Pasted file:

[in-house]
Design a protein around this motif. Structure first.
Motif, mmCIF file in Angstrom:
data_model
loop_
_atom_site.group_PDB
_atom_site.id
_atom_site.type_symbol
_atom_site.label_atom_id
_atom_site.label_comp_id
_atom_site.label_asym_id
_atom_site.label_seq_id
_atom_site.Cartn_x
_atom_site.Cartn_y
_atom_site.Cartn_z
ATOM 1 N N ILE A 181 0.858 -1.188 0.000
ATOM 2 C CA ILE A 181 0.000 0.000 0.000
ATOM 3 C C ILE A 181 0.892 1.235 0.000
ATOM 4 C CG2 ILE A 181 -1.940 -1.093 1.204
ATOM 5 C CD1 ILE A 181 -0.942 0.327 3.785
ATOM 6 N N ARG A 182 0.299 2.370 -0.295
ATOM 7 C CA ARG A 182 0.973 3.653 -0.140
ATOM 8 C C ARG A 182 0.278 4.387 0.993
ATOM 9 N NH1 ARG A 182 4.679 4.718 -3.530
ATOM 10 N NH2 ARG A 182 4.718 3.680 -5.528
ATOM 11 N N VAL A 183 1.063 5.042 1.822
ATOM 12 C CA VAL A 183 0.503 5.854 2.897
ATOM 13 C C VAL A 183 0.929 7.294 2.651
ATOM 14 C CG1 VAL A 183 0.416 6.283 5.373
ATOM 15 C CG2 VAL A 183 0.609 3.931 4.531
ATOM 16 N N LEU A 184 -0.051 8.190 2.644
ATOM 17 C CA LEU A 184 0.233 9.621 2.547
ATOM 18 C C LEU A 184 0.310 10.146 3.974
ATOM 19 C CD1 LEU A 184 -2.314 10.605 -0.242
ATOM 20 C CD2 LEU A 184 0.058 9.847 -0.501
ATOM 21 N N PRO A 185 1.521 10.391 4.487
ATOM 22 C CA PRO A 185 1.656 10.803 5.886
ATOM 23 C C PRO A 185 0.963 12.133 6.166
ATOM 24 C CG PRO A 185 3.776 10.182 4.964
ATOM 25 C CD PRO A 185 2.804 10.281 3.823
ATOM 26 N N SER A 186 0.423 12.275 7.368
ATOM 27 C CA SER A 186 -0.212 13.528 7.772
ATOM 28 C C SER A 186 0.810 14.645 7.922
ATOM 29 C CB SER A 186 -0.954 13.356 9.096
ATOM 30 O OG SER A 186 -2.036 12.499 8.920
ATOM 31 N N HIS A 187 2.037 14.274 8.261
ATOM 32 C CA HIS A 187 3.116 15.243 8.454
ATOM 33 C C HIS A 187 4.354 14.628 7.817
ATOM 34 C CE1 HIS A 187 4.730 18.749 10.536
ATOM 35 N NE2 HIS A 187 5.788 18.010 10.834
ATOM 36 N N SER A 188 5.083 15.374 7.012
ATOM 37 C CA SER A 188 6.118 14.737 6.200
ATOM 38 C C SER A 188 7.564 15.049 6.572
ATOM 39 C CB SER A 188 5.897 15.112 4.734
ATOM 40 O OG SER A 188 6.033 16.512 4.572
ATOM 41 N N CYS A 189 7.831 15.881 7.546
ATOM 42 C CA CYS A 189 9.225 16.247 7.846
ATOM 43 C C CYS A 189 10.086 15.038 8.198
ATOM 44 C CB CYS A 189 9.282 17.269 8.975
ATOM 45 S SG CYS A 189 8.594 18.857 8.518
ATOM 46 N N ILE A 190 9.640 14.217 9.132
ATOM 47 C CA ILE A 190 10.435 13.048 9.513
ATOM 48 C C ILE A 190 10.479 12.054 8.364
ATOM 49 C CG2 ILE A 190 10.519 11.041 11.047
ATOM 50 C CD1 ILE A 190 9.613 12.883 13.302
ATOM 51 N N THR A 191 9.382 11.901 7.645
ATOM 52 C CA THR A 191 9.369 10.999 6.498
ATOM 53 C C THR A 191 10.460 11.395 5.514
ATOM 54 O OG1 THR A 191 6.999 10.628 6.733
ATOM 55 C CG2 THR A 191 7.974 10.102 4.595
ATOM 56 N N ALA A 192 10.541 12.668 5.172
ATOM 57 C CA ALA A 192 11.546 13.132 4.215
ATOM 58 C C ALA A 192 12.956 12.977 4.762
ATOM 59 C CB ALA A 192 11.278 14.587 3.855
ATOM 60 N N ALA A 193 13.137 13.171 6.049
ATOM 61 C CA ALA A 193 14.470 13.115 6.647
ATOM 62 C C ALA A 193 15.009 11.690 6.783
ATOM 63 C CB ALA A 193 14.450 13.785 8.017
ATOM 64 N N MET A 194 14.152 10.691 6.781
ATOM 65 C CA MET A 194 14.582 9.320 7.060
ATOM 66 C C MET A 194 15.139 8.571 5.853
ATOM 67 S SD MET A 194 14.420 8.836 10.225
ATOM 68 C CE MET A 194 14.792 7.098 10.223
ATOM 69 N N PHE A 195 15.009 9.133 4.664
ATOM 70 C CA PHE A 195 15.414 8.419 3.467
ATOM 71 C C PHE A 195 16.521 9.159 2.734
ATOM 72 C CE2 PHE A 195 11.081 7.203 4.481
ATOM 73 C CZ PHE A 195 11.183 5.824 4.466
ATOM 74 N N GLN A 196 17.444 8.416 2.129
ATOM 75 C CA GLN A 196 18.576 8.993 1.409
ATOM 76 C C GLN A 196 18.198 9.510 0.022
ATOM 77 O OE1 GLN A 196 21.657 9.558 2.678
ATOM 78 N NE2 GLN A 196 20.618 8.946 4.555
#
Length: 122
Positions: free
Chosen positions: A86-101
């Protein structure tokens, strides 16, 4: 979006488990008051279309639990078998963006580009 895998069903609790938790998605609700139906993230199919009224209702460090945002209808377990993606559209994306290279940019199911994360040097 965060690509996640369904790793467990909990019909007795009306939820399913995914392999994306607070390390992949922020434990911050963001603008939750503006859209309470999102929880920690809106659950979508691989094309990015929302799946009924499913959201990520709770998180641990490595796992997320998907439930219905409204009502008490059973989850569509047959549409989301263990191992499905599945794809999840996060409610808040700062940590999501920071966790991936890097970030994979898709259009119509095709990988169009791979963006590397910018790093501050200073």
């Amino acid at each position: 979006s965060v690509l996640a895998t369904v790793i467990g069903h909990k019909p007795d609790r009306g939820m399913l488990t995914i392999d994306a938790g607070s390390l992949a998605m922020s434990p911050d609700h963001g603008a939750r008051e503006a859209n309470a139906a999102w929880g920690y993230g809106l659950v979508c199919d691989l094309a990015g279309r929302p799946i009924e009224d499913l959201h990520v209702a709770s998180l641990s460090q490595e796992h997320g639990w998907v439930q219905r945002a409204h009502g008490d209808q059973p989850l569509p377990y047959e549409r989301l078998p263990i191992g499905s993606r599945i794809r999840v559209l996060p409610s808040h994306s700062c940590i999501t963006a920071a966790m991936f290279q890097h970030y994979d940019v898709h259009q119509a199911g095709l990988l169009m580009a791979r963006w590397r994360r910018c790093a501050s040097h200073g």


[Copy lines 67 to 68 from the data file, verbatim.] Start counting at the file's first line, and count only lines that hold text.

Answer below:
ATOM 52 C CA THR A 191 9.369 10.999 6.498
ATOM 53 C C THR A 191 10.460 11.395 5.514